Roger J Kerr says it's not the retailer-generators causing power price inflation, it's the Govt-owned grid and highly regulated lines companies

Roger J Kerr says it's not the retailer-generators causing power price inflation, it's the Govt-owned grid and highly regulated lines companies

 By Roger J Kerr

Political event risk came sharply into focus for the local debt market last week with Infratil temporarily pulling their bond issue from the market due to the new risks and uncertainties for the electricity sector following the Labour/Green policy announcement.

Infrastructure and utility investment company, Infratil owns 51% of listed electricity generator and retailer TrustPower.

It was the sensible and prudent thing to do with well-respected Infratil executive Tim Brown knowing more than most about risk, having stepped in front of one of his own Wellington buses last year.

Infratil will still raise their money; however the policy shift from the opposition political parties will have implications for interest rates in the medium term through the NZ bond premium over US bonds, SOE and corporate debt pricing and general uncertainty on what such potential Government interference in the economy means for other industries, investment and credit ratings.

Under the potential scenario of a change of Government next year to a Labour/Green coalition, this massive step to the left for New Zealand’s economic policy will cause foreign investors taking their gains on their current holdings of NZ Government Bonds, the resultant selling causing long-term interest rates to increase.

While the Labour/Green politicians see the policy as buying votes as everyone likes the idea of lower household electricity bills, not many would have thought the policy through as likely to send their mortgage interest costs and rents higher.

While rising consumer electricity prices have been a consistent positive contributor to annual inflation increases over the last decade, only a small part of the price increases relate to higher wholesale electricity prices being passed through to the consumer by the electricity generator/retail companies.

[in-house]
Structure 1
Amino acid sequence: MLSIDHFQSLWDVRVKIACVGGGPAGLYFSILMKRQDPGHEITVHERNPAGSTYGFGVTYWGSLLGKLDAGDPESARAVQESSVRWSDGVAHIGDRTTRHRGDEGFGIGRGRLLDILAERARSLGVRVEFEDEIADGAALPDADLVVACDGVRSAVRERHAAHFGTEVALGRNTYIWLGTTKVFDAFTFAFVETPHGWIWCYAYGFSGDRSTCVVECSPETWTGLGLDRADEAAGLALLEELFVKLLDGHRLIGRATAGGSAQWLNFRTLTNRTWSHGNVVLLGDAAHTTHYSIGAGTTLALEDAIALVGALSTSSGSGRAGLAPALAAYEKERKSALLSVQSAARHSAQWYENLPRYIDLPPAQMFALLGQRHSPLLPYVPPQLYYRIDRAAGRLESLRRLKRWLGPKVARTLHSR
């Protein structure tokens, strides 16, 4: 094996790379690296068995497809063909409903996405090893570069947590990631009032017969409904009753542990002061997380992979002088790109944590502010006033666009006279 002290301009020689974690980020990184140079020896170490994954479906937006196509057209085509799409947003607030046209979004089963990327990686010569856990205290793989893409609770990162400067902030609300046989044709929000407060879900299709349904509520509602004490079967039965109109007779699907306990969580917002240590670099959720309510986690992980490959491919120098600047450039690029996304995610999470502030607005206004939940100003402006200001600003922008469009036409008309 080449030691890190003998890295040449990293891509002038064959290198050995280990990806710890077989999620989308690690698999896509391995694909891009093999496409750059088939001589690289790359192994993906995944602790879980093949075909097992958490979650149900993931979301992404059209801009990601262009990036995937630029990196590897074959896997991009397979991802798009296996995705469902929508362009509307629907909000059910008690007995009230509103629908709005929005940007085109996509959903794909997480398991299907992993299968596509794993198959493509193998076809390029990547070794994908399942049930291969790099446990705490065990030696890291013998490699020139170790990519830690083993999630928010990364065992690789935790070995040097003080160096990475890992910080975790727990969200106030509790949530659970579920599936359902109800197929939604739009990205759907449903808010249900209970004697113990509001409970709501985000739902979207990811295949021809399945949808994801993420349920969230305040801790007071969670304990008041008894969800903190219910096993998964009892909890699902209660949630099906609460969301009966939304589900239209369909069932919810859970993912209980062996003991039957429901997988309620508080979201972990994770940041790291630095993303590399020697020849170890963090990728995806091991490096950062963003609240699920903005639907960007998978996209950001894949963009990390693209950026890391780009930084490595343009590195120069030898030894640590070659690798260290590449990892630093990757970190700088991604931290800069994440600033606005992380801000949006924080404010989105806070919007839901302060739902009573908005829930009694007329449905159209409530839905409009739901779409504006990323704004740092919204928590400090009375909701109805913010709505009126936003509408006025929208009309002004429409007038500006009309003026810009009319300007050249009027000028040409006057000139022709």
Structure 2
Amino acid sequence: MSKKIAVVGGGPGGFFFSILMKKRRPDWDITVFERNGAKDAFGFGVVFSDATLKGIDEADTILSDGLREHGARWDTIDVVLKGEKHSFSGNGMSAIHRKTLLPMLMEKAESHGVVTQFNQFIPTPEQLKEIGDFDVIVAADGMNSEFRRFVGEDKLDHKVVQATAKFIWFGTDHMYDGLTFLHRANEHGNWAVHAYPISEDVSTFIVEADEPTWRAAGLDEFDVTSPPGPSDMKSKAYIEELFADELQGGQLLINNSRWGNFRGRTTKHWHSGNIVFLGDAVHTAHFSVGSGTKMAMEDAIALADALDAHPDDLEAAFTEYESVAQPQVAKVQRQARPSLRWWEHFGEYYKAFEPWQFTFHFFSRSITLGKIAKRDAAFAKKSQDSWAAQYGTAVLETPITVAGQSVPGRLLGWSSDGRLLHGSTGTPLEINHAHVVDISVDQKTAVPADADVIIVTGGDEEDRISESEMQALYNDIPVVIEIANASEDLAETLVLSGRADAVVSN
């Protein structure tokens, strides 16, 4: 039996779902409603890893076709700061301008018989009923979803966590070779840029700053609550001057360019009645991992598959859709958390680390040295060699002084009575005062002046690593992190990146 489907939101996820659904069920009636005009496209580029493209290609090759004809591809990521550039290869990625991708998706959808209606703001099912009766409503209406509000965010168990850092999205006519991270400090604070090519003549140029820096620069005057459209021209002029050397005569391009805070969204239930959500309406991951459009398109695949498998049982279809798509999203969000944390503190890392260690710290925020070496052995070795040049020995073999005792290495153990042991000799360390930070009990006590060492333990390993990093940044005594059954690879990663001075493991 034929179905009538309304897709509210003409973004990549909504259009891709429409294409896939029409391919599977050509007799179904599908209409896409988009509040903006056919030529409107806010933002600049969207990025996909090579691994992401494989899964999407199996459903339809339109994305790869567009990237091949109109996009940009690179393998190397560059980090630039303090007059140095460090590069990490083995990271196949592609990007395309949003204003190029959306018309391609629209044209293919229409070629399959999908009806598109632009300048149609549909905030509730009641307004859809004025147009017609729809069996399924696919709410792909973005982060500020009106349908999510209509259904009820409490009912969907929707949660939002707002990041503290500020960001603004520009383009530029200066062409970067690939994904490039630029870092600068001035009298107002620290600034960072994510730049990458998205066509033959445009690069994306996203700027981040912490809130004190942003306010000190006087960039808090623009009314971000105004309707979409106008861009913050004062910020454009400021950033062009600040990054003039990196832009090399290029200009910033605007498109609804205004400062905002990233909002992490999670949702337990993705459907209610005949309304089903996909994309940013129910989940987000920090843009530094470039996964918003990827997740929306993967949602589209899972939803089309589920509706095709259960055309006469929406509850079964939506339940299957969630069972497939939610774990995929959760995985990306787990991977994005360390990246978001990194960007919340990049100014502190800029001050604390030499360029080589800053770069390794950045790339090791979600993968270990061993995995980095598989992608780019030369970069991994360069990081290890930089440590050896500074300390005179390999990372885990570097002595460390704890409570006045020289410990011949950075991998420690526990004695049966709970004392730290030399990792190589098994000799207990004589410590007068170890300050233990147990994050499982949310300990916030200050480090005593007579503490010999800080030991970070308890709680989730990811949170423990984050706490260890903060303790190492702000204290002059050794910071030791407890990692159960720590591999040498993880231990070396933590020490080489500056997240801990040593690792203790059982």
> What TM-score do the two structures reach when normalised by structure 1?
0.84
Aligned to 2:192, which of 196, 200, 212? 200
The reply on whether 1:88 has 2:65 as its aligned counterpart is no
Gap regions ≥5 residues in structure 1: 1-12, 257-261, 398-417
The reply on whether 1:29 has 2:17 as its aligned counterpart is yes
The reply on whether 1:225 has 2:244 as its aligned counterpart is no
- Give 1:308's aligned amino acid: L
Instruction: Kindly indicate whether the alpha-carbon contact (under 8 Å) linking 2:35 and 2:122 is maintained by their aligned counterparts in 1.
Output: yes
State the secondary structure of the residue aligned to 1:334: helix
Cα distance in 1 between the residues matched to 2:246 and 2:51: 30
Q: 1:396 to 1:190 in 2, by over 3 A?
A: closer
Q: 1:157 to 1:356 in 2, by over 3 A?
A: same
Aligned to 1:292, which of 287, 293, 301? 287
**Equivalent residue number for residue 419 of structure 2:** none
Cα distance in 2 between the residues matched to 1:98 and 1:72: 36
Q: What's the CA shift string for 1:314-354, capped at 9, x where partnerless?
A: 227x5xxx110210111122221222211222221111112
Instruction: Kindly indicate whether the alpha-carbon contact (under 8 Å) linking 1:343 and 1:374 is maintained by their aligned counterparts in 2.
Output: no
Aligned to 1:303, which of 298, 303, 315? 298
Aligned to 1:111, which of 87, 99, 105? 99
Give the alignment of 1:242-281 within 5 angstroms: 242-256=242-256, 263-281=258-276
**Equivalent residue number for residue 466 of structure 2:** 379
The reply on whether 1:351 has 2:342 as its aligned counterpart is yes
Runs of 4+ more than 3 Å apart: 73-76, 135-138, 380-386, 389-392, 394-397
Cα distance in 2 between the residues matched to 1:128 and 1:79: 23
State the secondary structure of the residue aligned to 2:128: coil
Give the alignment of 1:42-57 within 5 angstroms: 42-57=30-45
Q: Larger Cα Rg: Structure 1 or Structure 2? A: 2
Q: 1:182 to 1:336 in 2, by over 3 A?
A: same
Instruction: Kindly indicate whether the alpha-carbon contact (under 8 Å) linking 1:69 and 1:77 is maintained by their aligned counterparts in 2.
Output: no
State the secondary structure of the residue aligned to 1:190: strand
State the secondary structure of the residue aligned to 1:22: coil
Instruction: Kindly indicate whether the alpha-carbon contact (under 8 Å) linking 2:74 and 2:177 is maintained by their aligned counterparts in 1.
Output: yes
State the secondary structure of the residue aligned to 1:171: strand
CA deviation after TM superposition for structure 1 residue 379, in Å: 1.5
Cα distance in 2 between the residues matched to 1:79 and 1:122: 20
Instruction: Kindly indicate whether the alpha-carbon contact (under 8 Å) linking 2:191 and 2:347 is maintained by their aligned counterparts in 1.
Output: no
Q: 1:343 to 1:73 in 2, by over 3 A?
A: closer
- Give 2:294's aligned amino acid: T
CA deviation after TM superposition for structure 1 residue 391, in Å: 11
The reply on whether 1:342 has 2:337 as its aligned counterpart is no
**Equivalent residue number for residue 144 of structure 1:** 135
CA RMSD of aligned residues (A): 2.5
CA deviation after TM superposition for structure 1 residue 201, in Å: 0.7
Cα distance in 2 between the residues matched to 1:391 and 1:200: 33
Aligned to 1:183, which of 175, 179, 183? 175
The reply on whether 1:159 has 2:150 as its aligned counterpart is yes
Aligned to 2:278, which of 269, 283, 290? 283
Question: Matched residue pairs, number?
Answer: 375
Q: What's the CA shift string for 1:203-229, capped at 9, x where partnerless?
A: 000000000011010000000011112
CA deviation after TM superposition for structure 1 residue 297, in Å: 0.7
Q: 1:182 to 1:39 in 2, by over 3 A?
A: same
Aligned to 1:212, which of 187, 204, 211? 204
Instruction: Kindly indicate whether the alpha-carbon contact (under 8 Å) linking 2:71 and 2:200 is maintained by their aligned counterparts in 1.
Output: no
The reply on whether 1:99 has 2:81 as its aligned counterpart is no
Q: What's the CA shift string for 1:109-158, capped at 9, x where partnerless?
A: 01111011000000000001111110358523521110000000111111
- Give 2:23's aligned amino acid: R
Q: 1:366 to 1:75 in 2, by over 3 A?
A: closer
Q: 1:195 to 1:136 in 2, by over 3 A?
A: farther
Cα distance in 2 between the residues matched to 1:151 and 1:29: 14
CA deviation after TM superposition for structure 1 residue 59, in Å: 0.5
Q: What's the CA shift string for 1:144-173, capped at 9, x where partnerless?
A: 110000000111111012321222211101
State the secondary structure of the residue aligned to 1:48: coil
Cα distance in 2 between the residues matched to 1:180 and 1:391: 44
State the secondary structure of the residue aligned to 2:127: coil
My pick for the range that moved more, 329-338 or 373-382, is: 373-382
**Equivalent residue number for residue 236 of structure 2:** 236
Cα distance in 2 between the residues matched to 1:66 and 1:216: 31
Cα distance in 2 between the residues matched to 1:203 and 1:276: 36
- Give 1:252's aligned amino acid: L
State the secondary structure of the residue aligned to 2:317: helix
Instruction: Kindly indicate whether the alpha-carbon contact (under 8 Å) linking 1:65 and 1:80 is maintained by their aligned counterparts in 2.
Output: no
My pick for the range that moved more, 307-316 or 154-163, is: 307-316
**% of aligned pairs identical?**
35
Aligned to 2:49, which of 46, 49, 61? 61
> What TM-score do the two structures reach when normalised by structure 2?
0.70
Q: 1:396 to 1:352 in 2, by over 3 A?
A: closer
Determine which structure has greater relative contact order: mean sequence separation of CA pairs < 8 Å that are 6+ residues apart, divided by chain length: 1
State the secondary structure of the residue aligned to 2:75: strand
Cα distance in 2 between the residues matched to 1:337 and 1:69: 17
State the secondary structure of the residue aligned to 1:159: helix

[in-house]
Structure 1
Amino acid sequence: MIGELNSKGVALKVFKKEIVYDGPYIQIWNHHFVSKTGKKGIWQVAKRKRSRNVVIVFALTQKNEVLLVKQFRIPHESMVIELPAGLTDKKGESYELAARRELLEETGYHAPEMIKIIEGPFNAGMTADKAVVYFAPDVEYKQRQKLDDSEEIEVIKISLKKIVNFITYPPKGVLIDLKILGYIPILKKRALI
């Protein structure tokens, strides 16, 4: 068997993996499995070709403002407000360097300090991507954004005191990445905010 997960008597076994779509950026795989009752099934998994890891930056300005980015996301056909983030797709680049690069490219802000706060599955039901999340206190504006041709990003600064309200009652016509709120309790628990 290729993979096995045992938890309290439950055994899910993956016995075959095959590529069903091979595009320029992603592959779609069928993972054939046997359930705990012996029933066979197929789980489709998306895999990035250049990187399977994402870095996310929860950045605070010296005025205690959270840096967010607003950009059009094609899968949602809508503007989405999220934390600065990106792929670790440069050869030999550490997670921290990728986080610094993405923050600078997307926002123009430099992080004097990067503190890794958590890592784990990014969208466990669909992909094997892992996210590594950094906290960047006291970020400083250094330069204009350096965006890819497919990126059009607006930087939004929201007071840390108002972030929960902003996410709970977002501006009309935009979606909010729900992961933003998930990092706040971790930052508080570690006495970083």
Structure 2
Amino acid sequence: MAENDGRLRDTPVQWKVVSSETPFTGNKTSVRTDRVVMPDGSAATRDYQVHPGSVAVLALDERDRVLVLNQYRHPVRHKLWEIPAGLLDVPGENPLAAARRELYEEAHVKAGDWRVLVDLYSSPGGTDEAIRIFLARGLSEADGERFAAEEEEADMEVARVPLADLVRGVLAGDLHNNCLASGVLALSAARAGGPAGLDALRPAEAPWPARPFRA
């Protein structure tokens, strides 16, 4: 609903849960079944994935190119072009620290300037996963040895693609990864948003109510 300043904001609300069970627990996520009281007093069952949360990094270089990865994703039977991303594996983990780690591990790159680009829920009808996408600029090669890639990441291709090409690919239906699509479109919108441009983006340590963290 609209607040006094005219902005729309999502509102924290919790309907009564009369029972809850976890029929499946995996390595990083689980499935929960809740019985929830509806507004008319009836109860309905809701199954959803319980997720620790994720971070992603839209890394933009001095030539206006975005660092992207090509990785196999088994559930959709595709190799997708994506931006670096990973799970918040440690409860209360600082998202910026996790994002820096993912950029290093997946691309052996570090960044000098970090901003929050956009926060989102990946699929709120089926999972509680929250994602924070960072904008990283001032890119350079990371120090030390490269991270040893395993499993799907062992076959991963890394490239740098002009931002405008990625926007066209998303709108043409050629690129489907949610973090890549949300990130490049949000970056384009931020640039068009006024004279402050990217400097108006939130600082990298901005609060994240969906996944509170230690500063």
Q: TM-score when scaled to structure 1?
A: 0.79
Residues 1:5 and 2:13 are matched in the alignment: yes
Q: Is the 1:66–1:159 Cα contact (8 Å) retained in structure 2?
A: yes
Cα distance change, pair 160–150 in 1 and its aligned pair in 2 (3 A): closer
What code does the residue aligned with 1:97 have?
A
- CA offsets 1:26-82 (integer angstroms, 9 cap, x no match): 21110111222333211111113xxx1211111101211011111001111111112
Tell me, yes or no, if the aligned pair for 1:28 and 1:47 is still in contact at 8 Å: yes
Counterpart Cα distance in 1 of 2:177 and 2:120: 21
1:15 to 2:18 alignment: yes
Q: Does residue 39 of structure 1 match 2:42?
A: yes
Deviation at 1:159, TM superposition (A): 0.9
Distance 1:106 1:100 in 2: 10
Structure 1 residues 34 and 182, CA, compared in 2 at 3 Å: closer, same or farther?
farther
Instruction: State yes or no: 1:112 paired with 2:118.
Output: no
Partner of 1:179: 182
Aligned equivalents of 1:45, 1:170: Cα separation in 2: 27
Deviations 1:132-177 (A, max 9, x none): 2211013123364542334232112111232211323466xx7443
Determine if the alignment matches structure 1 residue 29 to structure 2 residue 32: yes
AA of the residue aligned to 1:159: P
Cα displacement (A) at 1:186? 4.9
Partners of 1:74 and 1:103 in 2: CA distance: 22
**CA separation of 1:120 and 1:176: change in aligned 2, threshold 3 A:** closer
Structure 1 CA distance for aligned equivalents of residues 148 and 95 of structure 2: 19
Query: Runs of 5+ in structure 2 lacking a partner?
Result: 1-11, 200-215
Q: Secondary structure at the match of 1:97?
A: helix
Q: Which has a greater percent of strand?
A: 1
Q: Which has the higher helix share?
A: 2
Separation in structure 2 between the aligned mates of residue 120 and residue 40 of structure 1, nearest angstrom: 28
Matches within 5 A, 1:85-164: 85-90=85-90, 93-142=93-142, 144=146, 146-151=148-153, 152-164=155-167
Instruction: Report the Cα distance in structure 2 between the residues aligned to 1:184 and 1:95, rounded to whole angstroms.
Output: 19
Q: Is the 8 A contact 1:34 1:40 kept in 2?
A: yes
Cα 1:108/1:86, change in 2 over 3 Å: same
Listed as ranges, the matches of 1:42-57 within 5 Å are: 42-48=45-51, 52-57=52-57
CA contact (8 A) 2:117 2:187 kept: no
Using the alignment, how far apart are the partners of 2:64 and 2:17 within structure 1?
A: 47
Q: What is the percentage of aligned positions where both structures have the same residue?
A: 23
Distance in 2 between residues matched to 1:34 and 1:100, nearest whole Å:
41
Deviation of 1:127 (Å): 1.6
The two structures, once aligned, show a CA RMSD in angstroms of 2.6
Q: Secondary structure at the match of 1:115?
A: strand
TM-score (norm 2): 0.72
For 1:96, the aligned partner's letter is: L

The majority of the price increase are from the Government-owned, monopoly national grid network provider Transpower and the highly regulated regional electricity network companies (Vector, Powerco and Orion). Transpower underinvested in network upgrades in the 1990’s and the catch-up over the last 10 years has been expensive.

True competition in the retail electricity market has been hard to achieve due to the network constraints, however eliminating competition altogether hardly seems the right choice for consumers.

Prices may be temporarily regulated lower by having a single generation provider; however the removal of price signals for future investment will ultimately lead to electricity brown and black outs as many other countries have found out. 


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Roger J Kerr is a partner at PwC. He specialises in fixed interest securities and is a commentator on economics and markets. More commentary and useful information on fixed interest investing can be found at

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Not a good article.  And introduces some emotional red herrings that are manipulative rather than inform.  eg.  Your mortgage rate will go up.  Foreign investors will see it as see it as a step to the left etc.     Really !
Maybe foreign investors will see it as a good thing for the New Zealand economy.

Par for Roger....  Lets look at what Bradford's reforms did, oh wait dropped prices for a little bit and then up they went a lot.
He is substantially right on the transmissions costs, however these should drop back once the investment is done....of course I bet they wont.
Mortgage rate go up? yeah right far fetched as usual....
PS when did the transmission upgrades being due to be dine under best practice? ie did they pre-date even HC's 3 terms?  So Bolger & Shipley?

"The "Glide Path"
In 1997, Transpower adopted a strategy known internally as “the glide path”, and minimised spending on the grid and renewing assets."
"The 45th New Zealand Parliament continued. Government was The National Party, led by Jim Bolger...
"reforms to the retail sector of the electricity industry in 1998"
Even WP can take some stick,
""With power prices going through the roof, why are we not amalgamating the power companies created during the mindless National Party reforms?""
Seems few are without blame.......

Maybe should examine how well Roger's predictions have been for the last 4 years.....

Could Roger prehaps go into a little more detail on the specific's of how forming a single purchaser in the electrical supply market in New Zealand (in a manner similar to other jurisdictions) is going to affect the interaction of global flows of capital and money supply forming interest rates and thus mortgages? Becuase it seems to me issues like countries central bank policies and the NZ dollar have several orders of magnitude more significance than this possible effect. But I welcome a detailed, testable explanation of how the NZ electrical supply market will have such an influence on the global economy.